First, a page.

The Dead Sea Scrolls contain fascinating scriptures that were once used in Judaism and Christianity but fell out of favor in later times. These lesser well-known texts include the Book of Jubilees and the Book of Enoch, which contain stories about fallen angels mating with humans that lead to God's wrath and the great flood.
Correspondingly, the Divine Principle teaches that the fall of humanity was related to the carnal sin of the angel Lucifer's sexual intercourse with Eve. In this way, the Book of Jubilees echoed the religious insights of Reverend Sun Myung Moon about humanity's inclination toward sexual sin.
The Dead Sea Scrolls found at Qumran have been lauded as the single most important archaeological discovery of the twentieth century. This high honor comes from the fact that the scrolls provide a treasure chest of information about both Second Temple Judaism and messianic Jewish sectarianism. The scrolls are also tremendously significant for the insights they garner about the theological climate in which Christianity emerged. They show that some Jewish sects at the time (perhaps the Essenes), lived with the clear expectation of the immanent return of the Messiah, as well a vivid eschatological picture about the anticipated battle between good and evil. Some first century C.E. Jews saw their messianic hopes realized and manifested in the person of Jesus of Nazareth.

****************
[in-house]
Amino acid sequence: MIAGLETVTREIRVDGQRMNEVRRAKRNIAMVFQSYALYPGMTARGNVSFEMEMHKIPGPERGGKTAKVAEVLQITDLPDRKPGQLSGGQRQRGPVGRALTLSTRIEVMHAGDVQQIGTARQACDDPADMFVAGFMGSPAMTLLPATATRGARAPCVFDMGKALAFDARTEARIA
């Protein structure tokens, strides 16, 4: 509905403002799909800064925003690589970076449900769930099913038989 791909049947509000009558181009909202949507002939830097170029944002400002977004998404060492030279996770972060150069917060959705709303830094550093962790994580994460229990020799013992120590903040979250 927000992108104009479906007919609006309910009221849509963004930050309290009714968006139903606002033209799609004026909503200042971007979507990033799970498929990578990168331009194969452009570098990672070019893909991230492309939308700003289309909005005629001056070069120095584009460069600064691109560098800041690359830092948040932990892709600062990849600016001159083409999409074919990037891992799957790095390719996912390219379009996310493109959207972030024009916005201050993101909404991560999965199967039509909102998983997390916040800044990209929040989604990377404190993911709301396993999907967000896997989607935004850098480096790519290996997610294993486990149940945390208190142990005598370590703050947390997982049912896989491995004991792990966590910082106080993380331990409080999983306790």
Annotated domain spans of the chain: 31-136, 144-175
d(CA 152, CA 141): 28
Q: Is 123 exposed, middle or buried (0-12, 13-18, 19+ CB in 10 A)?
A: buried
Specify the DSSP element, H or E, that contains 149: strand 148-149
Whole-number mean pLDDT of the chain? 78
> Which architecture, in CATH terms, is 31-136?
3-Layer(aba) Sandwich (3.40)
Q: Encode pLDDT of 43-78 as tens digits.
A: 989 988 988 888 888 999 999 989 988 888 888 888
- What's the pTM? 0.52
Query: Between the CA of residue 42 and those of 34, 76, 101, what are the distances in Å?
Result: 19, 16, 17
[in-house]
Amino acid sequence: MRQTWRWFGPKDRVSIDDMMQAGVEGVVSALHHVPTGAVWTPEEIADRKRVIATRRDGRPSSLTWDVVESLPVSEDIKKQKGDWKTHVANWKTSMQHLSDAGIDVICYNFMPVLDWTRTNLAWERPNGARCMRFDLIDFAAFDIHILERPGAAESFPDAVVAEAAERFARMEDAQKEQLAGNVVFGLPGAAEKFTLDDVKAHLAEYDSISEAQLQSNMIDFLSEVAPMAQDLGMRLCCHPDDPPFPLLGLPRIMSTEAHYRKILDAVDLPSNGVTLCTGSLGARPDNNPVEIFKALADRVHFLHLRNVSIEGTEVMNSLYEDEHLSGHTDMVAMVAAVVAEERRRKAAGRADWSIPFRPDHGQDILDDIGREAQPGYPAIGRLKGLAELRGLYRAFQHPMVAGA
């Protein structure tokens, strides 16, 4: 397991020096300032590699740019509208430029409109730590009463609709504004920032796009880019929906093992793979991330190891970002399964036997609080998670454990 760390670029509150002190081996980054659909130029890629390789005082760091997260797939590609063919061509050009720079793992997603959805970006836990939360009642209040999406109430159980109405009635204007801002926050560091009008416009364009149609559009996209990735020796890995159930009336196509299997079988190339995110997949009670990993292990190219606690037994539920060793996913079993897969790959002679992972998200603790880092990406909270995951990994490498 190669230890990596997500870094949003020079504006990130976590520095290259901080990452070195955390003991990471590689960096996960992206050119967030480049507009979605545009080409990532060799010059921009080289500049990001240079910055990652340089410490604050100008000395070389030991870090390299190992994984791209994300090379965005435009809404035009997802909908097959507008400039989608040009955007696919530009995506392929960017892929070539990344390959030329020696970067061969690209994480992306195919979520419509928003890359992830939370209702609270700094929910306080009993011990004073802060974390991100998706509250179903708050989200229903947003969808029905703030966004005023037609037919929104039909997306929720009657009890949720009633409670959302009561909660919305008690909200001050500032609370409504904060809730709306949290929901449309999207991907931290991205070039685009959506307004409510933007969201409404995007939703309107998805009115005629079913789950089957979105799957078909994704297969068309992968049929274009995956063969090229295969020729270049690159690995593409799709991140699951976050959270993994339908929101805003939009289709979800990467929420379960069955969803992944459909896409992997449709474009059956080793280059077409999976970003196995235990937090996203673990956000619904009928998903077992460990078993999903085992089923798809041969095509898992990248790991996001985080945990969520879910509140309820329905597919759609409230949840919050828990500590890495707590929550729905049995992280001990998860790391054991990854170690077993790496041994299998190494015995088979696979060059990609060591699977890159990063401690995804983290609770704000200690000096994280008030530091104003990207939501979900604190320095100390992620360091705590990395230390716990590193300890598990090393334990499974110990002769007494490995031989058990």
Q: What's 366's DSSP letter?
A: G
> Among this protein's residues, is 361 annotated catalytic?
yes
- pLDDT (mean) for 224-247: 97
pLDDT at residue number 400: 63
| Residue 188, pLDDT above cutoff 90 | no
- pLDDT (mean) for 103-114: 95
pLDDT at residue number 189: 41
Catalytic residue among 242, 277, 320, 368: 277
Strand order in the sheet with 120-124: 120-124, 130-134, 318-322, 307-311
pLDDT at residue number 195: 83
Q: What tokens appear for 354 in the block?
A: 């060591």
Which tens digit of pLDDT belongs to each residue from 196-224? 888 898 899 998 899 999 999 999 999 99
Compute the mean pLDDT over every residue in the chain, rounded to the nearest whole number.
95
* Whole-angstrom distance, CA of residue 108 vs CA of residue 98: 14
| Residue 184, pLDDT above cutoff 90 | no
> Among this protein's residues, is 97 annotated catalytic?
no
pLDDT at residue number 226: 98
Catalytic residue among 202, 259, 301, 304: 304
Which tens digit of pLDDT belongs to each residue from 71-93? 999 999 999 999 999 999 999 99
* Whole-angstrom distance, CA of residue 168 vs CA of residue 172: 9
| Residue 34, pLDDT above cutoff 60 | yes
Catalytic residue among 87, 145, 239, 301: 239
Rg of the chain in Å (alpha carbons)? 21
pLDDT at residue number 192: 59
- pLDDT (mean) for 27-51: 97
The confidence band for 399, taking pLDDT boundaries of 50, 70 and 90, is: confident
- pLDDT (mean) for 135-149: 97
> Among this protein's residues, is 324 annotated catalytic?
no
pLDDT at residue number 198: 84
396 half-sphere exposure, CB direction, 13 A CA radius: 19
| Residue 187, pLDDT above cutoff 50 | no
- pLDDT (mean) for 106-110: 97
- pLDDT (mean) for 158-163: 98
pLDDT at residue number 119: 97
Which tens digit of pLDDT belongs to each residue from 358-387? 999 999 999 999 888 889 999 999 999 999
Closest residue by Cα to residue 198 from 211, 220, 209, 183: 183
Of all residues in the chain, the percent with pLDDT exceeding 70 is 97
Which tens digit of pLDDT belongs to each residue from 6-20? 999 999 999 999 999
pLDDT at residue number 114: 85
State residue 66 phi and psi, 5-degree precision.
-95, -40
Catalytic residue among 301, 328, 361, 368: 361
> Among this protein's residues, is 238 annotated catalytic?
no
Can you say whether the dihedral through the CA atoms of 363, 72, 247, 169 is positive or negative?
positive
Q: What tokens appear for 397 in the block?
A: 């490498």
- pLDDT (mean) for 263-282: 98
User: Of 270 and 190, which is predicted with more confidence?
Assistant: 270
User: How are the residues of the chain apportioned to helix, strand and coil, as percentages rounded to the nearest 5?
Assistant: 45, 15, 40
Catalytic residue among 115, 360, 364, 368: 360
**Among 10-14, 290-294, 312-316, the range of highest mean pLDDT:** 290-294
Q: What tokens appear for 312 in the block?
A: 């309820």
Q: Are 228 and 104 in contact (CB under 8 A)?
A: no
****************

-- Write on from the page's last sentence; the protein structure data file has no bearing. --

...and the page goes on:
The Jewish expectation of a “Messiah” (“anointed one”), found in the Dead Sea Scrolls, is also described in Unification thought
. The Divine Principle
states, "Such was their messianic expectation [that] God sent this Messiah in the person of Jesus Christ... [who came] to fulfill the purpose of God’s work of salvation." (pg. 95) However, it adds that Jesus' mission was precluded by the failure of John the Baptist
to adequately prepare the masses for Jesus' messianic event. Thus, the fruition of cosmic restoration and the three blessings could not come to pass, as had been intended at this time. The Dead Sea Scrolls thus demonstrate that there was a Messianic hope among some Jewish sects but also show that this expectation was not universally held by all Jews around the time of Jesus. In fact, the scrolls exhibit a great range of beliefs in Judiasm, which is reflected in their heterogeneous contents.